- Lead the children in doing this activity: http://highhillhomeschool.blogspot.de/. Tell the children to get their stuffed animal and the sheet of paper that says the blood type of their stuffed animal.
- First you are going to hold a blood drive. Ask if anyone would like for their stuffed animal to donate. If they want them to donate, stick it with a pin and take the sheet of paper from them. each sheet of paper will represent available blood in the the blood bank.
- Tell them that the animals now get to play by having the children toss around the animals to each other. If an animal touches the ground, it will need a blood transfusion because of its injury. The animal's owner will need to line up at the blood bank and choose what type of blood to give the injured animals. If the necessary type of blood is not available or if they chose the wrong blood type, their animal will die. Eventually many of the stuffed animals will die. Ask for ideas on what could be done. Suggest another blood drive. If time allows, revive the animals, hold another blood drive, and play again.
- Quickly review what they have learned about blood types and transfusions.
YOU WILL NEED: masking tape or stickers that can be written on, a marker, 6 sewing needles or pins, a small square of paper for each child (On 1/4 of them write A. On 1/4 of them write B. On 1/4 of them write AB. On 1/4 of them write O.), and a stuffed animal for each child
Traveling Through the Circulatory System
7. Have children pretend to be blood cells & travel through the circulatory system. Have children travel in pairs while the rest of the children watch. The children should name where they are.
- Give each child a red construction paper circle (i.e. red blood cell). One child will be a blood cell in the superior vena cava and will walk around the top of the sheet as the superior vena cava allows blood to travel through the upper part of the body & head. The other child will be a blood cell in the inferior vena cava and will walk along around the bottom of the sheet as the inferior vena cava carries to & delivers from the lower part of the body. Both "blood cells" will deplete their oxygen supplies as they travel through the body. Have them hand in the red construction paper circles. Give them blue construction paper circles as blood without oxygen looks blue. Also hand them each a sheet of paper that says co2 as they pick up carbon dioxide as they travel through the body.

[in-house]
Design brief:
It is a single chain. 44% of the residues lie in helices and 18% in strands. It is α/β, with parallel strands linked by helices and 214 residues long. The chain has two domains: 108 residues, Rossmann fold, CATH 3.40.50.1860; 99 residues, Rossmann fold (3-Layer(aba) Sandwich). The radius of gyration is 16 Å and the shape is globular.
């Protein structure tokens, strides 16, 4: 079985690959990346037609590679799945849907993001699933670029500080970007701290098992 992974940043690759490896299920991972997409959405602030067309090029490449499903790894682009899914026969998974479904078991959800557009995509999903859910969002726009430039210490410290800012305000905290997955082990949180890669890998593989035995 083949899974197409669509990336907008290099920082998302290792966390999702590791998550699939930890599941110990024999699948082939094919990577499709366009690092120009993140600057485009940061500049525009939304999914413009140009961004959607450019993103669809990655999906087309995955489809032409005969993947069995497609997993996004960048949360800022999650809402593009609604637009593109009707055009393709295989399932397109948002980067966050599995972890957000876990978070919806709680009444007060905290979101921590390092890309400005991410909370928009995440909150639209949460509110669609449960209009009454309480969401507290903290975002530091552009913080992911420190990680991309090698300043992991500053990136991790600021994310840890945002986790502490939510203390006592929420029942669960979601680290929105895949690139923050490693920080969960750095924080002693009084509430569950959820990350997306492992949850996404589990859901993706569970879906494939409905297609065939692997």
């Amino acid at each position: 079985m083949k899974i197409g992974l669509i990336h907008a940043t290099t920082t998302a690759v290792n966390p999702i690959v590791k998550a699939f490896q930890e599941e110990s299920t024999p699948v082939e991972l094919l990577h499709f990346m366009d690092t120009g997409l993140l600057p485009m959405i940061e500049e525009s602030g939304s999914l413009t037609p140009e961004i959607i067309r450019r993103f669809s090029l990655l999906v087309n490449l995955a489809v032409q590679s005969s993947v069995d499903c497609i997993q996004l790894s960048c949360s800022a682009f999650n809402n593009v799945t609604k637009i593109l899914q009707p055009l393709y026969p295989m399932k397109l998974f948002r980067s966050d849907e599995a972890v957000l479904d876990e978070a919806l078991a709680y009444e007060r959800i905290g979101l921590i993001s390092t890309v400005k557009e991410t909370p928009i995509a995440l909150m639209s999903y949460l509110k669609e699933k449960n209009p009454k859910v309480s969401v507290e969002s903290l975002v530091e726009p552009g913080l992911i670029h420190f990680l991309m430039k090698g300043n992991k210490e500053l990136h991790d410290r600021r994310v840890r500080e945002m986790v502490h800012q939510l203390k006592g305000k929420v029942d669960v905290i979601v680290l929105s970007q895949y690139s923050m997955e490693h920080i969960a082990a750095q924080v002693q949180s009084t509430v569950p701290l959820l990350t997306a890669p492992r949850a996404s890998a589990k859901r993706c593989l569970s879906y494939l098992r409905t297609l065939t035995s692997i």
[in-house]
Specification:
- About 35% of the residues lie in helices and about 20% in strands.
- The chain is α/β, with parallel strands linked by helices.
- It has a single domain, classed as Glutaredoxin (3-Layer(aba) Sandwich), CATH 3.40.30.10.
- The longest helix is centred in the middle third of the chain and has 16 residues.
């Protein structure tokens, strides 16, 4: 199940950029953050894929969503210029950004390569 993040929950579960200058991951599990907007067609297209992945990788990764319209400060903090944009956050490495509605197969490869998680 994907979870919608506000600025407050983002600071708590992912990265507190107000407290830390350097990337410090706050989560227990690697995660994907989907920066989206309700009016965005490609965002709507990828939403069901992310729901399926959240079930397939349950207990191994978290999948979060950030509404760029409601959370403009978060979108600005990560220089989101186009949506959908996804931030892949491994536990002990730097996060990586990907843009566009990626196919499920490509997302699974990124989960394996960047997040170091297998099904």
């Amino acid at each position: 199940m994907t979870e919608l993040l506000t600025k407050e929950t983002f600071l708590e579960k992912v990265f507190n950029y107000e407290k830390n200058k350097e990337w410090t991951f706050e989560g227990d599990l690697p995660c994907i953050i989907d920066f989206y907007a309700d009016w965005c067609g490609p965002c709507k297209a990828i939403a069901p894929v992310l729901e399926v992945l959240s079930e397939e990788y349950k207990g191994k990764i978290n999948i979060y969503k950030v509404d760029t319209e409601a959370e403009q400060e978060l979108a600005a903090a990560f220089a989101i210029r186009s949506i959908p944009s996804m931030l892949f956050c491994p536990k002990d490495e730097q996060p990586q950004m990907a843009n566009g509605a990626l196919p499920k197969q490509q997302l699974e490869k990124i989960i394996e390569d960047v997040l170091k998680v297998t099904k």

- Have the children step onto each part on the bed sheet diagram as you all name them. They will both enter the heart in the the right atrium. The right atrium contracts and the tricuspid valve opens allowing blood to be pushed into the right ventricle. The right ventricle contracts and the blood is then pushed to the lungs through the pulmonic valve and artery. Once in the lung, the children (red blood cells) will drops off the co2 paper and pick up the red construction paper circles that have o2 written on them as the blood cells drop off carbon dioxide and pick up oxygen in the lungs. They will then return to the heart through the pulmonary veins into the left atrium. The left atrium contracts opening the mitral valve allowing the blood to pass into the left ventricle. The ventricle then contracts to push the blood through the aortic valve out the aorta to the rest of the body.
YOU WILL NEED: circulatory system drawn onto a bed sheet, large sheet of paper, or on the driveway/sidewalk; 4 red construction paper circles with o2 written on them, 2 blue construction paper circles, & pieces of paper that say co2
TRIcuspid valve is in The Right Inside part of the heart.
MitraL is on Left side.
(TRI in Tricuspid = The Right Inside. L in Mitral = Left.)